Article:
ubereats wages

UberEats sending Toronto drivers on insanely long trips for chump change

Unemployment rates skyrocketed in Ontario when the first lockdowns arrived in early 2020, many of those who lost their jobs turning to the gig economy to support themselves through unprecedented times.

With retail and restaurant job availability slashed, rideshare and food delivery services have been a part-time solution for legions of unemployed workers in Toronto and beyond, but one gig worker is raising alarm bells over unsustainably low pay in the industry.

Earla Phillips, a rideshare and food delivery driver with Uber/UberEats, has shared a screenshot of one recent trip where a fellow driver had to travel a staggering 18.4 kilometres in a 36-minute journey across Scarborough for an add-on to an existing order.

And what did the driver earn for this long voyage? A measly, stinking, $2 on top of the roughly $5 paid out for the initial order.

So that's seven bucks for over half an hour of labour, well below Ontario's minimum wage of $14.25 per hour. And that doesn't even factor in the cost of gas or the time spent waiting for restaurants to prepare orders.

Phillips says that this particular screenshot shows an add-on order, where "a courier who may have already accepted a low-paying order — less than 50 cents per kilometre for most jobs — gets a new order added on by Uber, increasing the time they have to spend and the distance they travel for just two dollars."

She says that "quite often, this means picking up from two different restaurants and delivering to two different customers," Uber allegedly tacking on whole new orders and giving drivers an even lower cut for their added effort.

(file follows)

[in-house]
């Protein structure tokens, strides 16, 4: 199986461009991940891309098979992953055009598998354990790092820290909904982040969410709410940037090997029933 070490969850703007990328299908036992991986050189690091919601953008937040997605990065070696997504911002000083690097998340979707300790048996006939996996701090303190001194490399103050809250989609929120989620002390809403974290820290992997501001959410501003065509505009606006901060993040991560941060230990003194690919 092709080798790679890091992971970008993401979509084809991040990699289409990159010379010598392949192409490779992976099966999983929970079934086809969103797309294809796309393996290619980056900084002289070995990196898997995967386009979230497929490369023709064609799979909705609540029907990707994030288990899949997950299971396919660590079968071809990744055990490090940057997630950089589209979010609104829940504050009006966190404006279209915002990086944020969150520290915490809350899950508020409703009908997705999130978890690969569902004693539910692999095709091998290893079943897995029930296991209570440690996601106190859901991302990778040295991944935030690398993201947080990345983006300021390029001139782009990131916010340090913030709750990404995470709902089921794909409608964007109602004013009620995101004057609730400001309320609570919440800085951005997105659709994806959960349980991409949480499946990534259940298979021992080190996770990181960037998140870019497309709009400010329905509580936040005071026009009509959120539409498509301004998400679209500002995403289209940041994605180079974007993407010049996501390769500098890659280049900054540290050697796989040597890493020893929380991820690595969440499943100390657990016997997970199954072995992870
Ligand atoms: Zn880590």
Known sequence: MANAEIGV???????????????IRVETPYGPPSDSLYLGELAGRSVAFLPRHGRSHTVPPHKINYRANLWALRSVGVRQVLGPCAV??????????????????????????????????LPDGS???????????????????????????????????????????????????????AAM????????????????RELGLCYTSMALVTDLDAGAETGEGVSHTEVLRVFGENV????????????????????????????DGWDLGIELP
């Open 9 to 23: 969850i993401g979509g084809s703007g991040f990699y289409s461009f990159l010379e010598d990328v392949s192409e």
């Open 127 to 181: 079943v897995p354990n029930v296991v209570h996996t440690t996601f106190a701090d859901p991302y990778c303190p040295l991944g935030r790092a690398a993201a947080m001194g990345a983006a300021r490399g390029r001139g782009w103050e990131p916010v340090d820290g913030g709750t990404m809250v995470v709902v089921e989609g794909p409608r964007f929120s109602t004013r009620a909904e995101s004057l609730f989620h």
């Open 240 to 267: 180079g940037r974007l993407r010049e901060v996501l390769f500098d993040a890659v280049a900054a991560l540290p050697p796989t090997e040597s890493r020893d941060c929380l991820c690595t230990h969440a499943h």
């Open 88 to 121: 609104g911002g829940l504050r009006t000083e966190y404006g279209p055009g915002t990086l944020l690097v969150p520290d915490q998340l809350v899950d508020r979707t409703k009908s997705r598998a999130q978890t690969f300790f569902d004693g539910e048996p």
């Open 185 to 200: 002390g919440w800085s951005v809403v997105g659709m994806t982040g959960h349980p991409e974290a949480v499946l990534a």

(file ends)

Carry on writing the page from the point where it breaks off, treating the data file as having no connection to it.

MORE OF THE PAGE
On top of the added distance travelled, Phillips says that "sometimes couriers arrive at a restaurant only to wait as long as an hour waiting for a restaurant to get an order ready. It's not just that time spent travelling to the restaurant, but the time spent waiting for the order to be ready."

And Earla Phillips' screenshot is really nothing out of the ordinary based on similar accounts, including one trip through downtown Toronto that took 30 minutes across 6.4 kilometres of traffic. Once again, this add-on to an existing order only gave the driver a toonie.

There are even more examples of these screenshots, gig workers turning to social media to bring attention to their questionable working conditions.

blogTO reached out to Uber, the company stating that "a bug surfacing inaccurate fare estimates was identified last night. This bug affected the fare estimate and not the actual payout to the delivery person."

"Since identifying the issue, Uber has fixed the bug and is working to ensure that all affected delivery people receive full delivery fees for their delivery trips."

Phillips argues that this is not an isolated issue, and contrary to Uber's claims, has been ongoing for quite some time and reflects actual payouts versus pre-delivery estimates. "Delivery people have been getting these for over a year; this is not a technical glitch," says Phillips.

She states that "Uber drivers and gig workers, in general, are misclassified as independent contractors. Uber, in particular, likes to say that's because of the flexibility they offer, but that doesn't mean anything if you don't have any ability to generate an income or have rights."

With all of this distance, waiting, and low wages, Phillips says drivers are "losing money even if you drive an electric car because you take in all associated costs. All of these companies pass all responsibility, liability, and costs onto the shoulders of workers."

Lead photo by

Jack Landau


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